1. His birth name was Michael. When his father, who was a pastor, traveled to Germany, he was inspired by the Protestant Reformation leader Martin Luther. He decided to change his own name and that of his son.
  2. King was so gifted that he skipped two grades and entered Morehouse College as a freshman at age 15.
  3. Before entering Morehouse, he had no intention of following the footsteps of his father, grandfather, and great grandfather to become a minister. Theologian Benjamin E. Mays urged him otherwise and King was ordained before he graduated college.
  4. King’s civil rights actions led to his arrest 29 times. His arrests included acts of civil disobedience, but also Martin Luther King Jr Arrestfalse charges, such as when he was jailed in Montgomery, Alabama, in 1956 for driving 30 miles per hour in a 25-mile-per-hour zone.
  5. Martin Luther King Jr. survived an earlier assassination attempt. While at a book signing in Harlem Izola Ware Curry plunged a seven inch letter opening into his chest. He had to endure hours of emergency surgery to repair the damage.
  6. Alberta Williams King, Martin’s mother, was also killed by a bullet. As she played the organ at a Sunday service, Marcus Wayne Chenault Jr. rose from the front pew, drew two pistols and fired shots. One of the bullets struck and killed King. She died steps from where her son used to preach.
  7. In 1993, then president Ronald Reagan signed the bill that created the national holiday in honor of King. George Washington is the only other American whose birthday is observed as a national holiday.
  8. In 1963, he was the first African American to be named Time Magazine’s Man of the Year. IN fact, he is one of only two African Americans to receive the honor. The other is Barack Obama, who was named twice.

 

Remembering Martin Luther King Jr.

Martin Luther King Jr.Some things in society take a very long time to change; others change at a rapid rate. For example, the legalization of marijuana and gay marriage proceeded as relatively acceptable issues.  As compared to that, the movement of people of color from possessed slaves to full rights in our society advanced at a relative snail’s pace. In fact, that is still a work in progress.  “Black Lives Matter” is a movement highlighting the undue treatment of African Americans by the police in the use of deadly force.  This illustrates that the movement capped by the Civil Rights Act of 1965 is still an evolving force in American society.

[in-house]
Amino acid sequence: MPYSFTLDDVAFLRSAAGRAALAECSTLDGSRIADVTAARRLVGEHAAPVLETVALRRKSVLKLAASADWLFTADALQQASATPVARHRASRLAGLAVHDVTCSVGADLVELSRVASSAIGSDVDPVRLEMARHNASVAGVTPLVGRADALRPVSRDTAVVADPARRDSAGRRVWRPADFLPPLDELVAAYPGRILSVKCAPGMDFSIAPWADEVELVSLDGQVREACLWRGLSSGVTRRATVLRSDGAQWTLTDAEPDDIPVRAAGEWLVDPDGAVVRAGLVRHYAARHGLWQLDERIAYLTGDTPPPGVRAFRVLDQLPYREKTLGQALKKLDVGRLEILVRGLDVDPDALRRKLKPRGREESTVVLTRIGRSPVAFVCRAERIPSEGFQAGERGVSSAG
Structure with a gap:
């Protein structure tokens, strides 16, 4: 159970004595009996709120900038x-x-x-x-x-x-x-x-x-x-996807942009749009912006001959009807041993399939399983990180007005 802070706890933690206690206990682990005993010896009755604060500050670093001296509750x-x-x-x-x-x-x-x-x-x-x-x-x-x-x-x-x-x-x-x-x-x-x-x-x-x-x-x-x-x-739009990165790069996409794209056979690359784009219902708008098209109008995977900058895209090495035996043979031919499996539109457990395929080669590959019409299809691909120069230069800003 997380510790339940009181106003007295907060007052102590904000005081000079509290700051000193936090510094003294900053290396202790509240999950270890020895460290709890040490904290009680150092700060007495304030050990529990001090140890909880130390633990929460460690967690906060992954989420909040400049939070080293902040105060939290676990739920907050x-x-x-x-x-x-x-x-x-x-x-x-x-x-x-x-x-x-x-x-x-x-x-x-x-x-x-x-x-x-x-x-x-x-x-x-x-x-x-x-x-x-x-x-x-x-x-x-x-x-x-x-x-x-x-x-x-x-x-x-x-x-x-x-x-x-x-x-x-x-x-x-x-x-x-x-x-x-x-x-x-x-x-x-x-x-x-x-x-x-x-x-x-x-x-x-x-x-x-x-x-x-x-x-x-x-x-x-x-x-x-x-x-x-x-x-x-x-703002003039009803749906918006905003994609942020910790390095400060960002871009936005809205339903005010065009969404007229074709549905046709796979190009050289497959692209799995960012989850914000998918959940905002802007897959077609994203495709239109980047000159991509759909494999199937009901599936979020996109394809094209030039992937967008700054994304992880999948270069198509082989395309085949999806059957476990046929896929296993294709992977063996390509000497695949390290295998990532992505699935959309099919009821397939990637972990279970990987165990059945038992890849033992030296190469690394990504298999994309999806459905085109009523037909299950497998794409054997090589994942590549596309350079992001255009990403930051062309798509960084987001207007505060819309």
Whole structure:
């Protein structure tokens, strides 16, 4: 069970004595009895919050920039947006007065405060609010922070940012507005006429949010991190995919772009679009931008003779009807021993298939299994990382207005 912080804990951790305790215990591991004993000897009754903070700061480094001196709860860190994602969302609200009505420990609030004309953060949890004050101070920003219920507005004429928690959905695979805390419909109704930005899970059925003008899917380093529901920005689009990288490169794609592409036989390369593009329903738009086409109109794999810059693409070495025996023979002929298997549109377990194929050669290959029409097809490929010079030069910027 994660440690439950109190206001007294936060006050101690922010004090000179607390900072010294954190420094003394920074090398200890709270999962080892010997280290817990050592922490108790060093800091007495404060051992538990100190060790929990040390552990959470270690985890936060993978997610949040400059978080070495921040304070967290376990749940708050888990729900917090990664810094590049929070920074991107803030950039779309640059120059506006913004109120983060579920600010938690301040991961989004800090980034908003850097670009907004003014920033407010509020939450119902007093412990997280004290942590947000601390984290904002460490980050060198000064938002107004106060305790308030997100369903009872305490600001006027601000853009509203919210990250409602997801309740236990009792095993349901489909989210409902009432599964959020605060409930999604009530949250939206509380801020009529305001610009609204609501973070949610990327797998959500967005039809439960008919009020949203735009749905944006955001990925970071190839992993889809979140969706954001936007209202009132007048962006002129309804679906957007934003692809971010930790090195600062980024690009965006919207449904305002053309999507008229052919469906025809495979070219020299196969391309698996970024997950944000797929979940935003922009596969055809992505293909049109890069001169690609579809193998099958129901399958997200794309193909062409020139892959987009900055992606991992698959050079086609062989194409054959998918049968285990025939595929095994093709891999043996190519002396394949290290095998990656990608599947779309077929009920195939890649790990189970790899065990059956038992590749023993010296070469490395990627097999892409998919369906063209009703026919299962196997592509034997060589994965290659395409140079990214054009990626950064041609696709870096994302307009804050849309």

Some have questioned the allocation of a revered national holiday to a single individual such as Dr. Martin Luther King, Jr, which we celebrate on January 18, in 2016 (his birthday is January 15, but like other federal holidays it is celebrated on the closest Monday). That quizzical attitude misses the whole point of the MLK national holiday. There were many other respectable citizens who played important roles during the Civil Rights Movement of the 1960s. However, Dr. King was a leader, as well as an advocate of peace. He is one of the greatest leaders of nonviolence in world history. He fought for equality for all people with his “I Have a Dream” speech. Had it not been for his leadership, who knows what this country would be like, not only for African American people, but for all people. He died fighting for change – he deserves a day of remembrance. He is the figurehead and symbol of the whole pacifist civil rights movement and he was a martyr for the cause.

So, on the holiday, we remember Dr. King and his contributions toward racial equality, but we also remember the many others who fought for the cause with Dr. King as their inspiration and leader. The battle is not over, but with adherence to the principles of Dr. Martin Luther King Jr. maybe racial discrimination and inequality will forever end.